Tuesday, 6 November 2012

Breaching the Contract? Privacy and the UK Census

an article by Catherine Heeney (Consejo Superior de Investigaciones Cientificas, Madrid) published in The Information Society Volume 28 Issue 5 (October-December 2012)


Along with informed consent, anonymisation is an accepted method of protecting the interests of research participants, while allowing data collected for official statistical purposes to be reused by other agencies within and outside government.

The Decennial Census, carried out in a number of countries, including the United Kingdom, is a major event in the production of research data and provides an important resource for a variety of organisations.

This article combines ethical evaluation, a review of relevant law and guidance, and analysis of 30 qualitative interviews (carried out during the period of the 2001 UK Census), in order to explore the adequacy of the current framework for the protection of informational privacy in relation to census data.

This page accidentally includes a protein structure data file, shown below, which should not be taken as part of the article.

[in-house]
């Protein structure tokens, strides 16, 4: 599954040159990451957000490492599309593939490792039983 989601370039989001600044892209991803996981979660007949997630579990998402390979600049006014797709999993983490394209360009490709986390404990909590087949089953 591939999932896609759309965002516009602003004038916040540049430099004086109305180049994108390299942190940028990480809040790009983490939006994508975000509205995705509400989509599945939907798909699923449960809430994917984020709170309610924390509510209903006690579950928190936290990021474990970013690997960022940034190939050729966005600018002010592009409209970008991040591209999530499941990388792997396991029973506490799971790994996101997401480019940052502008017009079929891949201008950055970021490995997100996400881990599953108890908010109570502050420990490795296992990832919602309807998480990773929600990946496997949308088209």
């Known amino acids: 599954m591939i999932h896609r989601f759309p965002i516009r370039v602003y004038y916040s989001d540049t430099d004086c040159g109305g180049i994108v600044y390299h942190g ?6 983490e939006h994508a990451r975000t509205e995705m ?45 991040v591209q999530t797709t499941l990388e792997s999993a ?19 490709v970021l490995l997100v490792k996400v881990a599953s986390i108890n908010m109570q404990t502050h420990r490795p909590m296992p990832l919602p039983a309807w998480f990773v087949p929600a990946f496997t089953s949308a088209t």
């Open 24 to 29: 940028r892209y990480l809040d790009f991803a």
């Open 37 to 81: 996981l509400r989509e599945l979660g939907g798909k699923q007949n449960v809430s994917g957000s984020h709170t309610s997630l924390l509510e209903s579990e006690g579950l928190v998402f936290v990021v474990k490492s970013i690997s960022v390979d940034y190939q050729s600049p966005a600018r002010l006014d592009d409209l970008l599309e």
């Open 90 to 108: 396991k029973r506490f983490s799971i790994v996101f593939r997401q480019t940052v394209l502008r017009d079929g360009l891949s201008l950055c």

Taking account of Nissenbaum’s concept of “contextual integrity”, Vedder’s concept of “categorical privacy”, and Sen’s call to heed of the importance of “actual behaviour”, it will be argued that the current “contractarian” view of the relationship between an individual participant and the organisation carrying out the Census does not engage sufficiently with actual uses of data.

As a result, people have expectations of privacy that are not matched by practice and that the current normative – including the governance – framework cannot capture.

Hazel’s comment:
If people do not have confidence in the privacy of personal information provided to census enumerators then they will soon start providing information that is less than accurate – to the detriment of researchers and planners.

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